Monday, May 21, 2012

Berghia coerulescens

Berghia coerulescens
I always love writing about Nudibranchs. They are such colorful little Gastropods! Today's Nudibranch is Berghia coerulescens, a species with that can be found in the Atlantic Ocean, as well as in the Mediterranean and Caribbean Seas. (I was unable to find any common name for the species, but if anyone knows of one, let me know!)

B. coerulescens are quite small, typically between 4 and 7cm. You can identify them by all the weird blue and yellow fringes that grow out from their bodies. These growths are called Cerata, and they aide in respiration and defense. This species consumes Anemones (as do most members of their family). Anemone venom passes through the Nudibranch and actually collects at the tip of the Cerata, making the Nudibranch venomous as well!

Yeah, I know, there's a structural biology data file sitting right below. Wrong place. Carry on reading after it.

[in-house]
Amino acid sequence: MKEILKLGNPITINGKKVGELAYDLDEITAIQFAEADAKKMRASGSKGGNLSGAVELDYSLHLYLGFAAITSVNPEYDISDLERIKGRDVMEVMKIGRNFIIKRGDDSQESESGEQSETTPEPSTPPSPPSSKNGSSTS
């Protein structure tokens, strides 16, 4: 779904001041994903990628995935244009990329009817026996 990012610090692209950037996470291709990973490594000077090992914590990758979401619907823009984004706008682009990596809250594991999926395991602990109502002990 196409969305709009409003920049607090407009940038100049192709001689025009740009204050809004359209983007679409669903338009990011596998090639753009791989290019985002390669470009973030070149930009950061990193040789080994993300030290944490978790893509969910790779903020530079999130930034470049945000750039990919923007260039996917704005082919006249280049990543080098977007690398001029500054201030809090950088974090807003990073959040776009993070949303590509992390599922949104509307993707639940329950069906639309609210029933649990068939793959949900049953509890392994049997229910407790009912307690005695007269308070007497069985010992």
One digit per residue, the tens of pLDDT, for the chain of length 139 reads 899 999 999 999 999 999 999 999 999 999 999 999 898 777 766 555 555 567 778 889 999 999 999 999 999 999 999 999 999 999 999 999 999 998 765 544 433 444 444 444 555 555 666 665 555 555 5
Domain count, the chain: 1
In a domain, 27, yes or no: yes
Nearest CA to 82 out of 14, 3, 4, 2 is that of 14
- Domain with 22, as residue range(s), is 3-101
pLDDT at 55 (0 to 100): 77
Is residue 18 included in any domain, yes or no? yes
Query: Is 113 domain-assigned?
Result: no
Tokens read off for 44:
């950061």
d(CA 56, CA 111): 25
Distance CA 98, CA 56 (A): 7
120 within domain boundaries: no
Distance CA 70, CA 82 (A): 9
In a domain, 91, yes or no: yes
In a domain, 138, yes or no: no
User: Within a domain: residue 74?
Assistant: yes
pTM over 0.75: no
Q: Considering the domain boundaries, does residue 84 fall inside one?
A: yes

Berghia coerulescens is a common species in the temperate waters of its range. They are also sometimes kept in captivity, though they have a relatively short life expectancy (only a few months).

IUCN Status : Not Listed
Location : Atlantic, Caribbean, Mediterranean 
Size : Body Length up to 2.5in (7cm)
Classification : Phylum : Mollusca -- Class : Gastropoda -- Superfamily : Aeolidioidea
Family : Aeolidiidae -- Genus : Berghia -- Species : B. coerulescens


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